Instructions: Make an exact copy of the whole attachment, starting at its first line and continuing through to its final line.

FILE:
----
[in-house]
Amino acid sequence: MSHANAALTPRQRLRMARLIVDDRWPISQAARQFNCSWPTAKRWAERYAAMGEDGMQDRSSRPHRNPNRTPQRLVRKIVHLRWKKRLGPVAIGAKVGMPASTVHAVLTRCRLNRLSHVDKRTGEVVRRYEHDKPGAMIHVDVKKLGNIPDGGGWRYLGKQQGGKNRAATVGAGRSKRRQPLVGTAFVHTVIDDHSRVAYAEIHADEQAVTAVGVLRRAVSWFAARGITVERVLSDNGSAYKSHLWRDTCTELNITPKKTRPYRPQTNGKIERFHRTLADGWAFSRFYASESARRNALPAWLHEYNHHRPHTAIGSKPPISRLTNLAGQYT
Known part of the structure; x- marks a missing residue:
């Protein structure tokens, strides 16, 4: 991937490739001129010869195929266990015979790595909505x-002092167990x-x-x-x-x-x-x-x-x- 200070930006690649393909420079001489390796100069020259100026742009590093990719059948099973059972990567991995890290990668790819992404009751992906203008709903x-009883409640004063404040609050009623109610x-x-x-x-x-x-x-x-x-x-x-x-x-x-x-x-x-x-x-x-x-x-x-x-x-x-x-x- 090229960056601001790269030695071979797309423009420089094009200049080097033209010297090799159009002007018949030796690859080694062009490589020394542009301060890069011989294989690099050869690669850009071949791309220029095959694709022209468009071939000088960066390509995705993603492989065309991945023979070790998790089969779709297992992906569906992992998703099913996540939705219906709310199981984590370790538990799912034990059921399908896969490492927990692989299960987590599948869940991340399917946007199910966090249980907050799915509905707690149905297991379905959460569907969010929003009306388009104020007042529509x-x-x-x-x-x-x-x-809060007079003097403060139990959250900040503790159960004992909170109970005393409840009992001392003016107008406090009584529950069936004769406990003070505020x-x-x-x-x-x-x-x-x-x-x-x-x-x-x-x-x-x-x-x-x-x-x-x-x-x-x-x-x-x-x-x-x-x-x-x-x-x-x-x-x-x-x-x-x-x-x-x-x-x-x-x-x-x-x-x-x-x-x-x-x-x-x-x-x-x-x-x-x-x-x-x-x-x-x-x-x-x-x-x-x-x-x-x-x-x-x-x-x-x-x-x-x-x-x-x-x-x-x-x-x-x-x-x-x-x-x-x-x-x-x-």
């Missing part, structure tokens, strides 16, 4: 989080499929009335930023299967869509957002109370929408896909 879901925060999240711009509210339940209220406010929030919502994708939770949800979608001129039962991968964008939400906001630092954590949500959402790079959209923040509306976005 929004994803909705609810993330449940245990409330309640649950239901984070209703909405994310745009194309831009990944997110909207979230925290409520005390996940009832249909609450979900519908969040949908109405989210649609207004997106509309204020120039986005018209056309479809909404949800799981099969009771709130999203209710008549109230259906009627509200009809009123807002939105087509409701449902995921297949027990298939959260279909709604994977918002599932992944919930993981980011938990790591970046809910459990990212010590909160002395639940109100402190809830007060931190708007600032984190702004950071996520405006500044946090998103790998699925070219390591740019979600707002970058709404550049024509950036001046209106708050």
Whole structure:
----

[in-house]
Amino acid sequence: MSHANAALTPRQRLRMARLIVDDRWPISQAARQFNCSWPTAKRWAERYAAMGEDGMQDRSSRPHRNPNRTPQRLVRKIVHLRWKKRLGPVAIGAKVGMPASTVHAVLTRCRLNRLSHVDKRTGEVVRRYEHDKPGAMIHVDVKKLGNIPDGGGWRYLGKQQGGKNRAATVGAGRSKRRQPLVGTAFVHTVIDDHSRVAYAEIHADEQAVTAVGVLRRAVSWFAARGITVERVLSDNGSAYKSHLWRDTCTELNITPKKTRPYRPQTNGKIERFHRTLADGWAFSRFYASESARRNALPAWLHEYNHHRPHTAIGSKPPISRLTNLAGQYT
Known part of the structure; x- marks a missing residue:
């Protein structure tokens, strides 16, 4: 991937490739001129010869195929266990015979790595909505x-002092167990x-x-x-x-x-x-x-x-x- 200070930006690649393909420079001489390796100069020259100026742009590093990719059948099973059972990567991995890290990668790819992404009751992906203008709903x-009883409640004063404040609050009623109610x-x-x-x-x-x-x-x-x-x-x-x-x-x-x-x-x-x-x-x-x-x-x-x-x-x-x-x- 090229960056601001790269030695071979797309423009420089094009200049080097033209010297090799159009002007018949030796690859080694062009490589020394542009301060890069011989294989690099050869690669850009071949791309220029095959694709022209468009071939000088960066390509995705993603492989065309991945023979070790998790089969779709297992992906569906992992998703099913996540939705219906709310199981984590370790538990799912034990059921399908896969490492927990692989299960987590599948869940991340399917946007199910966090249980907050799915509905707690149905297991379905959460569907969010929003009306388009104020007042529509x-x-x-x-x-x-x-x-809060007079003097403060139990959250900040503790159960004992909170109970005393409840009992001392003016107008406090009584529950069936004769406990003070505020x-x-x-x-x-x-x-x-x-x-x-x-x-x-x-x-x-x-x-x-x-x-x-x-x-x-x-x-x-x-x-x-x-x-x-x-x-x-x-x-x-x-x-x-x-x-x-x-x-x-x-x-x-x-x-x-x-x-x-x-x-x-x-x-x-x-x-x-x-x-x-x-x-x-x-x-x-x-x-x-x-x-x-x-x-x-x-x-x-x-x-x-x-x-x-x-x-x-x-x-x-x-x-x-x-x-x-x-x-x-x-």
């Missing part, structure tokens, strides 16, 4: 989080499929009335930023299967869509957002109370929408896909 879901925060999240711009509210339940209220406010929030919502994708939770949800979608001129039962991968964008939400906001630092954590949500959402790079959209923040509306976005 929004994803909705609810993330449940245990409330309640649950239901984070209703909405994310745009194309831009990944997110909207979230925290409520005390996940009832249909609450979900519908969040949908109405989210649609207004997106509309204020120039986005018209056309479809909404949800799981099969009771709130999203209710008549109230259906009627509200009809009123807002939105087509409701449902995921297949027990298939959260279909709604994977918002599932992944919930993981980011938990790591970046809910459990990212010590909160002395639940109100402190809830007060931190708007600032984190702004950071996520405006500044946090998103790998699925070219390591740019979600707002970058709404550049024509950036001046209106708050």
Whole structure: